The Porcupine Gold Rush was a gold rush that took place in Northern Ontario starting in 1909 and developing fully by 1911. A combination of the hard rock of the Canadian Shield and the rapid capitalization of mining meant that smaller companies and single-man operations could not effectively mine the area, as opposed to earlier rushes where the gold could be extracted through placer mining techniques. Although a number of prospectors made their fortune, operations in the area are marked largely by the development of larger mining companies, and most people involved in the mining operations were their employees. The mines peaked between the 1940s and 50s, but continue to produce gold to this day, although the many smaller mines have been consolidated into a small number of larger holdings. By 2001, 67 million troy ounces of gold have been mined from the Porcupine area, making it by far the largest gold rush in terms of actual gold produced. For comparison, the well-known Klondike Gold Rush produced about 12 million troy ounces.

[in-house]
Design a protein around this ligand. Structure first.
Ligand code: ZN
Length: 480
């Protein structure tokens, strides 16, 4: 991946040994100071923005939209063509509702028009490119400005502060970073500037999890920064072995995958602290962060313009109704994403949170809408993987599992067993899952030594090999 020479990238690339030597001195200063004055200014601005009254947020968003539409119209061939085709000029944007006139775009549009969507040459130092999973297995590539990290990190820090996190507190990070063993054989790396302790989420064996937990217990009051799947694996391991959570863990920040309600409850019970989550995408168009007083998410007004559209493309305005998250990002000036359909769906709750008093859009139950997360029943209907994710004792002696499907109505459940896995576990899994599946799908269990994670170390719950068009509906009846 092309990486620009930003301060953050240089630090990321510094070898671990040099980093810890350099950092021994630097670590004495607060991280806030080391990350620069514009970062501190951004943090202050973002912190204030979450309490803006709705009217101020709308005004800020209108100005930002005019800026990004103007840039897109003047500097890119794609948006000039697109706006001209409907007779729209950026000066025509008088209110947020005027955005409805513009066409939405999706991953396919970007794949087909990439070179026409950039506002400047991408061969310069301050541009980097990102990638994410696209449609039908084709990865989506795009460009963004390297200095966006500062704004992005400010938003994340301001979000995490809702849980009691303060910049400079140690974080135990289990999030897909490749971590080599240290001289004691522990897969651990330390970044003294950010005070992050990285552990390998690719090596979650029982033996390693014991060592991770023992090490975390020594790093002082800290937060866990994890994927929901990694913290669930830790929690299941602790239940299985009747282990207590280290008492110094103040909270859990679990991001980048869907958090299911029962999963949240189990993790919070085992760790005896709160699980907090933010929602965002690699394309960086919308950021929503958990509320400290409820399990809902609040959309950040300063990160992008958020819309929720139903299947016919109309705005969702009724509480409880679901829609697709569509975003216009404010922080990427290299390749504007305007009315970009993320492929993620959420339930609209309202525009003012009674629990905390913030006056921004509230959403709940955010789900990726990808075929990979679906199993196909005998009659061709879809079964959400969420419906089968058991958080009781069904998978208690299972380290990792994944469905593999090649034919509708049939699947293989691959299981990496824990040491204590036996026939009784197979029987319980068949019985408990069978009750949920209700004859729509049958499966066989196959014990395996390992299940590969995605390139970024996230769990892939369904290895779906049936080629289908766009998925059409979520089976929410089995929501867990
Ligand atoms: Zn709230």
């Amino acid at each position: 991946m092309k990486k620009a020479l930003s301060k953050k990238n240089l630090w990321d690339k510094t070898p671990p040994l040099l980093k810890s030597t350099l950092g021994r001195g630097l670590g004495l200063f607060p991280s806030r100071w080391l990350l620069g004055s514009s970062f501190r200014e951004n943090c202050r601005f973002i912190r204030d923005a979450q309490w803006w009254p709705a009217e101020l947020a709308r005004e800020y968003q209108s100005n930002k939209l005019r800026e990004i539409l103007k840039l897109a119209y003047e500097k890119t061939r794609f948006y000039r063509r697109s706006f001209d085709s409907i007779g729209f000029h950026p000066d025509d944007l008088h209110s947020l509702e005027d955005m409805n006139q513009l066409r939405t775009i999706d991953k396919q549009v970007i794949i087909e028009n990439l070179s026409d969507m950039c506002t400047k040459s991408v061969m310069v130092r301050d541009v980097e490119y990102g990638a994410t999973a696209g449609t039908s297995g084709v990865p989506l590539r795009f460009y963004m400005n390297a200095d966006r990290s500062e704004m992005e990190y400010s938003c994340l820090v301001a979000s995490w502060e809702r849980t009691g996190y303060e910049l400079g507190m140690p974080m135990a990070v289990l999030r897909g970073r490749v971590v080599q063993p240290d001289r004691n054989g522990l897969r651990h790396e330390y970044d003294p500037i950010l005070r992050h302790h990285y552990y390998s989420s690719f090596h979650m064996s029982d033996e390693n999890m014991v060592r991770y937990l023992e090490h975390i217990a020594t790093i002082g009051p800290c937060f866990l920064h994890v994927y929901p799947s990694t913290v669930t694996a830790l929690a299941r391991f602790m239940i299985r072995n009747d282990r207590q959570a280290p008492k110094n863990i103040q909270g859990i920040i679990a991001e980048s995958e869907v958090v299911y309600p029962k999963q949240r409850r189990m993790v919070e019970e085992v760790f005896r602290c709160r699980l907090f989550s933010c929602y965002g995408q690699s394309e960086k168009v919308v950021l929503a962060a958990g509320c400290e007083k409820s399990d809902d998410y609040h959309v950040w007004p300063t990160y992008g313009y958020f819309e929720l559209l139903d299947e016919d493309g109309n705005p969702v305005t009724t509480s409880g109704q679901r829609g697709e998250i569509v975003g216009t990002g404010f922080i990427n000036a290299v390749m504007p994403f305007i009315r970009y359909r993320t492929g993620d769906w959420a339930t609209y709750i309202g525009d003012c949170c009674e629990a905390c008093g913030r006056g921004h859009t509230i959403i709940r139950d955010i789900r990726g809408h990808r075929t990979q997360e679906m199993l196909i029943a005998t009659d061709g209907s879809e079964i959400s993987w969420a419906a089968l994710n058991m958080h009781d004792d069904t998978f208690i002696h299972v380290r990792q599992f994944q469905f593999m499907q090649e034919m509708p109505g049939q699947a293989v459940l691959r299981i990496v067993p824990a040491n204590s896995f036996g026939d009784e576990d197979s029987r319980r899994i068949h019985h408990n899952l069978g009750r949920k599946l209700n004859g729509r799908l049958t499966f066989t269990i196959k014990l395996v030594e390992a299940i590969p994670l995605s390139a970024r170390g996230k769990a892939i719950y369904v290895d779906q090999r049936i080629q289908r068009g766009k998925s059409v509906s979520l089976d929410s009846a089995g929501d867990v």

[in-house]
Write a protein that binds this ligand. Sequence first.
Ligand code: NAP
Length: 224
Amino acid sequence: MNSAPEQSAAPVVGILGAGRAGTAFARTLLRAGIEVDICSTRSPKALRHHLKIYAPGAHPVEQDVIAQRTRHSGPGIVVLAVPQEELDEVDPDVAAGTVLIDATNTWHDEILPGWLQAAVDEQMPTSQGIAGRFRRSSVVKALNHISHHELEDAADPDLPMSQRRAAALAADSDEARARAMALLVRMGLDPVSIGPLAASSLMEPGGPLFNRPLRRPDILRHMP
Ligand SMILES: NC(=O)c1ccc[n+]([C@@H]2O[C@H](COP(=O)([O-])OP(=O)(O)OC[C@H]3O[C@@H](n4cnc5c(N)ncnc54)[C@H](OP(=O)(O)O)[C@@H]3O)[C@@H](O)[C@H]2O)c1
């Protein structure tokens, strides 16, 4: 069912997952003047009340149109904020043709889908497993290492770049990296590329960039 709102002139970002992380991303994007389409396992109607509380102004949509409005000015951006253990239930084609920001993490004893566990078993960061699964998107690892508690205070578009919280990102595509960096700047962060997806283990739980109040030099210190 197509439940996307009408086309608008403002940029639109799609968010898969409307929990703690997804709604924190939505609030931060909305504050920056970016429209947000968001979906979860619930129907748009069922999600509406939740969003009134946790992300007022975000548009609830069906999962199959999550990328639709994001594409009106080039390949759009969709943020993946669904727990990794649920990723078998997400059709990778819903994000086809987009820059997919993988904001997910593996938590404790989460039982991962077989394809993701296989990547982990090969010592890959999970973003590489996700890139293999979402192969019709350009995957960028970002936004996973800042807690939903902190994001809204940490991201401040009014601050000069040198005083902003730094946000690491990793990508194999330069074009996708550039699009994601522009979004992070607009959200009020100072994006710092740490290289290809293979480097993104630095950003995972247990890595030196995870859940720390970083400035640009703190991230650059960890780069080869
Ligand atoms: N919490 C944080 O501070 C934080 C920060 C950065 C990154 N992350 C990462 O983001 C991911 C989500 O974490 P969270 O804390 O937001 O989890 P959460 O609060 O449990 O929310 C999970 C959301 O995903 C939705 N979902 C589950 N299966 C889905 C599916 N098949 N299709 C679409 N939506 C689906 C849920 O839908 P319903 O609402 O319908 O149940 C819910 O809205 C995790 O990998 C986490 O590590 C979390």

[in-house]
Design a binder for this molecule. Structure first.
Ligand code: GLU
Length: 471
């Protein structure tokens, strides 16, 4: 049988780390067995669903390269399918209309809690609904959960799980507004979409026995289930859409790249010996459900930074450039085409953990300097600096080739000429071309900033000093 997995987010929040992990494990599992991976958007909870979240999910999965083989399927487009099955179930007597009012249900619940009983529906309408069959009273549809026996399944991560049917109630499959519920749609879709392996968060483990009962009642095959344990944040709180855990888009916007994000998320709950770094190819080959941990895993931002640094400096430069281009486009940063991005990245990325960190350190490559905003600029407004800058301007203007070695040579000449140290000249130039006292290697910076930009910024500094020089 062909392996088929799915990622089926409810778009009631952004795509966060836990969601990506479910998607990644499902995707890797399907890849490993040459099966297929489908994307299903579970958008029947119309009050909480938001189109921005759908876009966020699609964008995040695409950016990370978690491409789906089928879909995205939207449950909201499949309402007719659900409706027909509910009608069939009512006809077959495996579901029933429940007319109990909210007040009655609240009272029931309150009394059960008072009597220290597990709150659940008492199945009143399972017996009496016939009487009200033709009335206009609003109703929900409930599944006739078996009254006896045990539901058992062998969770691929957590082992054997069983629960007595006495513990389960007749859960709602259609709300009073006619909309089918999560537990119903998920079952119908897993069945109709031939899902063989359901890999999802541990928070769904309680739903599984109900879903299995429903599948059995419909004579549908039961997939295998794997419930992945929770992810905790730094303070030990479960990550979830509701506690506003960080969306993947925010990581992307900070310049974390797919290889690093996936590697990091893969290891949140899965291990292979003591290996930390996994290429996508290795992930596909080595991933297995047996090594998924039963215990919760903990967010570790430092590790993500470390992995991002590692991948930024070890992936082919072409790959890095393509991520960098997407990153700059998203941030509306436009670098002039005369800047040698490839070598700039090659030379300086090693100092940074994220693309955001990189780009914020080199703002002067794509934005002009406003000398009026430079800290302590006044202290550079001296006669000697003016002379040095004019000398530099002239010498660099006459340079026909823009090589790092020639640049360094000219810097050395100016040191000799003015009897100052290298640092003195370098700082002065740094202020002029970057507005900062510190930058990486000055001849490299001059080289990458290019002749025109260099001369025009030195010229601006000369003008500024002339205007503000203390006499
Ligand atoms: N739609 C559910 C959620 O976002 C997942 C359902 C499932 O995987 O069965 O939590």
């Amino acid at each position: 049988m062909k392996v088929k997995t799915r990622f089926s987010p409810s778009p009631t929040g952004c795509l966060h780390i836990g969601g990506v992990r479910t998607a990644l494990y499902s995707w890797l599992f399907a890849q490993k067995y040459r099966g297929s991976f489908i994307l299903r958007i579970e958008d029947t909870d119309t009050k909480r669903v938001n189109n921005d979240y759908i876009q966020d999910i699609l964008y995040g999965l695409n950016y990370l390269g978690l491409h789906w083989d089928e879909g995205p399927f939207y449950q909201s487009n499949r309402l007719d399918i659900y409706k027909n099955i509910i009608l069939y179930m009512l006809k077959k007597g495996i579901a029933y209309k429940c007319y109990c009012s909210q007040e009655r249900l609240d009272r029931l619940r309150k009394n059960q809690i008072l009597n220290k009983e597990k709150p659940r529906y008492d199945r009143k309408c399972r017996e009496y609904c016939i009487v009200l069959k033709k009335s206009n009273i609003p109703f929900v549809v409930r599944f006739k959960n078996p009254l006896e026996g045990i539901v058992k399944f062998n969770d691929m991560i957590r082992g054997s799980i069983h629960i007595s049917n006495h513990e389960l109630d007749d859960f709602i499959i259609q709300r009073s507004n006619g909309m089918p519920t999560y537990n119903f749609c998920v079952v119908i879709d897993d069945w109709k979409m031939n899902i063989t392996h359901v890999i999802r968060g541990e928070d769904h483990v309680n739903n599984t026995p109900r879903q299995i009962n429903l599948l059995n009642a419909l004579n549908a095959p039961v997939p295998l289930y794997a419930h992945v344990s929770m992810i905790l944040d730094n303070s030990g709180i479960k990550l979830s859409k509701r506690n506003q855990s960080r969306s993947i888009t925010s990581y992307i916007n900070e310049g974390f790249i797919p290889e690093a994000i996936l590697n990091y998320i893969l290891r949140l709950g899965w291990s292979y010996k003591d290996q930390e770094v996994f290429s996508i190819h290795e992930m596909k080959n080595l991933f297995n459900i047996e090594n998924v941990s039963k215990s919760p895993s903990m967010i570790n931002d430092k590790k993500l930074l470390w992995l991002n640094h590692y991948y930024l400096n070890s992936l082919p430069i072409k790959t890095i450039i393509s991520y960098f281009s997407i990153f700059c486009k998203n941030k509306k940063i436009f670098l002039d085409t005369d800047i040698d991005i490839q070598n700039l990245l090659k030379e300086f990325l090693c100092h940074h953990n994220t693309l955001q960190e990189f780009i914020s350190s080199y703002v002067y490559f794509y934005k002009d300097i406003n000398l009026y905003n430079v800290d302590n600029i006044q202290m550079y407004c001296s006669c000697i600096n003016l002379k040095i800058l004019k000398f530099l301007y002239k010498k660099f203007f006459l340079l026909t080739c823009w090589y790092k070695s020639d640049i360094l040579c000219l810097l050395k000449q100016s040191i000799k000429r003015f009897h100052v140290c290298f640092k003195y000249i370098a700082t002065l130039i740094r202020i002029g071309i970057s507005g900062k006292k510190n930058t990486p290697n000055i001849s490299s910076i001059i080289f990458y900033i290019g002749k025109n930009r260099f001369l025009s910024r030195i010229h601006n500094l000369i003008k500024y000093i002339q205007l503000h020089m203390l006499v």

By the spring of 1910 the rush was in full swing. Thousands of fortune seekers poured into the area, either in an attempt to stake their own claims, or more and more commonly, looking for work in high paying mining jobs. Towns, often nothing more than tent camps, sprung up along the banks of Porcupine Lake, at that point the terminus of the canoe route into the area. Golden City (later Porcupine) and Pottsville sprung up almost overnight, followed by South Porcupine at the end of the lake, closer to the main mining areas. As the area was quickly explored and staked, the main gold producing area was revealed to be three miles (5 km) wide and five long, running along an east-west axis southwest of the lake. Mines all along the area started production over the next few years, buying plots staked during 1910 and 1911. Seeing the obvious potential of the area the T&NO started construction of a spur line, but was delayed by the constant defection of workers to the goldfields. The province responded by shipping prisoners to work the line, handing secondary duties such as clearing trees and rock. The spur reached Golden City on June 7, 1911, and an official opening followed on July 1. More people poured into the towns, and by the end of the summer there were 8,000 active claims.